One of the great things about our “Gather Atlanta” serve days is that people come from everywhere under the umbrella of love to build relationships with those experiencing homelessness and poverty and to take #lovebeyondwalls
This year, we made a huge impact for Thanksgiving! We had over 100 volunteers, 10 partnering organizations, and were able to provide enough food for 2000 people in the community. Check out our recap video and consider volunteering with us during the Christmas Season.
WATCH VOICELESS DOCUMENTARY FREE!!!
About three weeks ago, our organization was offered a distribution deal for our documentary film “Voiceless.”
Although it was a huge opportunity, I (Terence) felt the pressure of having to entrust our message to many people who are not connected to the day-to-day work of fighting for those who are marginalized.
So, instead I (Terence) have chosen to make our documentary free to the public. Many would say this is foolish and insane to turn down a deal, but my heart has always been about educating, equiping, and moving people to care about those suffering with poverty in our country.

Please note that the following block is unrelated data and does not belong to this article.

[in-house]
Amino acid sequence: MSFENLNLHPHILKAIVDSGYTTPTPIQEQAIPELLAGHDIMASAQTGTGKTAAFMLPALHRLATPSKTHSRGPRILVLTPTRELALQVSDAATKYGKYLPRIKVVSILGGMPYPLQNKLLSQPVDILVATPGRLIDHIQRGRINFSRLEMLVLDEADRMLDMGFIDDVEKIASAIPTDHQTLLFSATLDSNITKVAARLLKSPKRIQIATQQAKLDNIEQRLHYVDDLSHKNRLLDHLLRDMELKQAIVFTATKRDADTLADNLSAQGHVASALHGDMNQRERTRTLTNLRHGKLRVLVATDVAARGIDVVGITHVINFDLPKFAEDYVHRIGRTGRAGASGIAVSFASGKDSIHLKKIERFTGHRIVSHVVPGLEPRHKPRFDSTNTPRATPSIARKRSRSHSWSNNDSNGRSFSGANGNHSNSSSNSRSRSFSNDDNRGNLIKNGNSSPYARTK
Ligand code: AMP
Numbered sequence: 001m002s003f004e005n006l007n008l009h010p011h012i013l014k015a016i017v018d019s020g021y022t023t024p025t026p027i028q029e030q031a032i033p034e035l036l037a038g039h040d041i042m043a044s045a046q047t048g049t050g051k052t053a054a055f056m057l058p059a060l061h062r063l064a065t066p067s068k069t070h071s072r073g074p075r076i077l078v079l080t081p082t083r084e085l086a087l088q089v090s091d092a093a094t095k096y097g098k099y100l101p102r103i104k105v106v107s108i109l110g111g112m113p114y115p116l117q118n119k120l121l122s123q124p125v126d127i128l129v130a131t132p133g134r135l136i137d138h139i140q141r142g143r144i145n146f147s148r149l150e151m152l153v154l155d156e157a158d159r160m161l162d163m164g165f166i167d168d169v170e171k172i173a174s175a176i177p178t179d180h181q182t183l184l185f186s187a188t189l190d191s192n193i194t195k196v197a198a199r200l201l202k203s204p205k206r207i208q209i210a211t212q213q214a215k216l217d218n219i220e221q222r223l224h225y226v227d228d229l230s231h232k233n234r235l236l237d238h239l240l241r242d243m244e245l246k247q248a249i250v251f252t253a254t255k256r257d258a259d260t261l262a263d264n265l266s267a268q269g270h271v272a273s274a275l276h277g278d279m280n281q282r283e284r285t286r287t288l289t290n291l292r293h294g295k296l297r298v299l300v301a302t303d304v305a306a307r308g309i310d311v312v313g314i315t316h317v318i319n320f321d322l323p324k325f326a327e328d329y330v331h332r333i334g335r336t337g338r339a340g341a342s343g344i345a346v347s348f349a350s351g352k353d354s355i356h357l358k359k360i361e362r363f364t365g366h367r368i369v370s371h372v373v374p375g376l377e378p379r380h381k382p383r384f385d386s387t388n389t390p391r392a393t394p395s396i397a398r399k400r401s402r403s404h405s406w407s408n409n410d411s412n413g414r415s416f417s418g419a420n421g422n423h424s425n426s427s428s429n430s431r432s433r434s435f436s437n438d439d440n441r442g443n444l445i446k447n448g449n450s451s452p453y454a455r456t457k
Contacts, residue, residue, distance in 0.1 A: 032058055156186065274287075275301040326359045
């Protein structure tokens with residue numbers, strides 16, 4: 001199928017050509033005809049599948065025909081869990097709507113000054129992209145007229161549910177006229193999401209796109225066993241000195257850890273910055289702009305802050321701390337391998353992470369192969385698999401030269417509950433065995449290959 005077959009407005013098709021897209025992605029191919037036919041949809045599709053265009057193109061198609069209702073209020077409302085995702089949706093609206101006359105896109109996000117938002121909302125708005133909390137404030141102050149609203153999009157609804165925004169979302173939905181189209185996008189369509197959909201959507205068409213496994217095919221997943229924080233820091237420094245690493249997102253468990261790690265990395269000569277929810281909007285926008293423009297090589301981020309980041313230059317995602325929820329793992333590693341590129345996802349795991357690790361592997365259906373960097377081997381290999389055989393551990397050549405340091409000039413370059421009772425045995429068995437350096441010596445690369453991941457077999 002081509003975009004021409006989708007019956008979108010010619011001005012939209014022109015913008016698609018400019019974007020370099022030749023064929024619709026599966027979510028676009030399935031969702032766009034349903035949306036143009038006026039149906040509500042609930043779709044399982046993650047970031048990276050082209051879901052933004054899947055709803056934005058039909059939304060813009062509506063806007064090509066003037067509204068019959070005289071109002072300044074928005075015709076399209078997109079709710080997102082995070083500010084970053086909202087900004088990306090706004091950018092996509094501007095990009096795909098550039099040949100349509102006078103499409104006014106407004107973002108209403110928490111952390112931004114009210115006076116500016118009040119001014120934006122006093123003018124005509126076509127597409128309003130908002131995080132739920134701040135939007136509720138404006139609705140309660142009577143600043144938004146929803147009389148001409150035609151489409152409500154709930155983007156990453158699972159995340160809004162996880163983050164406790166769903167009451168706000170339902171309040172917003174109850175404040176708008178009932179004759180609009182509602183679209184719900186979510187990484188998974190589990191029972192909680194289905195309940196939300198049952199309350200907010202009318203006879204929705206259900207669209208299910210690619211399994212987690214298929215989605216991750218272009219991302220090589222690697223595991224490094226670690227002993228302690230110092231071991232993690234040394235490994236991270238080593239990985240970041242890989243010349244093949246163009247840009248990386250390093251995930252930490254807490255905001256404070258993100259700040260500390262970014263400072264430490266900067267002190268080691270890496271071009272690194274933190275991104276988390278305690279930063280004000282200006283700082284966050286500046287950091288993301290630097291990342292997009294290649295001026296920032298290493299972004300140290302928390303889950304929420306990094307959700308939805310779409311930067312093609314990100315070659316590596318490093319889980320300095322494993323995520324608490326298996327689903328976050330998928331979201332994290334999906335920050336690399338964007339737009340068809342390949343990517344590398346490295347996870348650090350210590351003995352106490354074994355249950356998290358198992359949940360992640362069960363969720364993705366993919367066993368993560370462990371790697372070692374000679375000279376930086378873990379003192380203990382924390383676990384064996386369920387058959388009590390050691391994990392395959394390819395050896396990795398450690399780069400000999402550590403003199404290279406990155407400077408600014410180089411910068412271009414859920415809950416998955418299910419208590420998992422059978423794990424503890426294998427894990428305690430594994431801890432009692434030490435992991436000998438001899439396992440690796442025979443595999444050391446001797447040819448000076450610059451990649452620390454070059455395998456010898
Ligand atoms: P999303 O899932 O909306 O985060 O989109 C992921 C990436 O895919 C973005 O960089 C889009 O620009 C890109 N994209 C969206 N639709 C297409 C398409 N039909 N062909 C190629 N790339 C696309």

Therefore, if you have not seen our documentary and have always wanted to see it you can do so FREE of charge below.
Please read the disclaimer note to support our work!
After watching this film, you have three options to support Love Beyond Walls:
1) Go directly to our site and make a donation to our cause. Your support helps us to continue fighting poverty and homelessness (lovebeyondwalls.org/give).
2) Download a free 22 page workbook on our site at (lovebeyondwalls.org/voicelessfilm) to get next steps and continue the conversation on poverty.
3) Share this film as it is an important message in our country.
On October 3rd, 500+ young adults gathered to watch our “Voiceless” documentary at Victory World Church in Fusion ATL – Check out a quick video that has initial responses from young adults that watched the film. Powerful.
To learn more or watch our documentary, please visit voicelessfilm.com
We asked, and you showed up!
We had an overwhelming show of generosity in response to the devastation of Hurricane Harvey in Houston. Thanks to your donations these past few weeks, we’ve been able to resource two truckloads of basic necessities to Texas.
Special shout out to Mike Fye for driving down to deliver the much-needed supplies — thanks, Mike!
Screening at Genesis Church
This past weekend, we were invited to screen “Voiceless” in our third state — Florida!
The screening was packed out with hundreds of people in attendance. We were blown away by the response!
A big thanks to Genesis Church i
n Orlando for hosting us as we continue to bring attention to systemic poverty.
We are just 25 days away from launching our film at the Center for Civil & Human Rights.
We’re looking for 15 volunteers who want to serve with our team on this special day!
If you’re interested in helping out, go to lovebeyondwalls.org/volunteer to sign up or click the graphic below.
Volunteer slots are limited.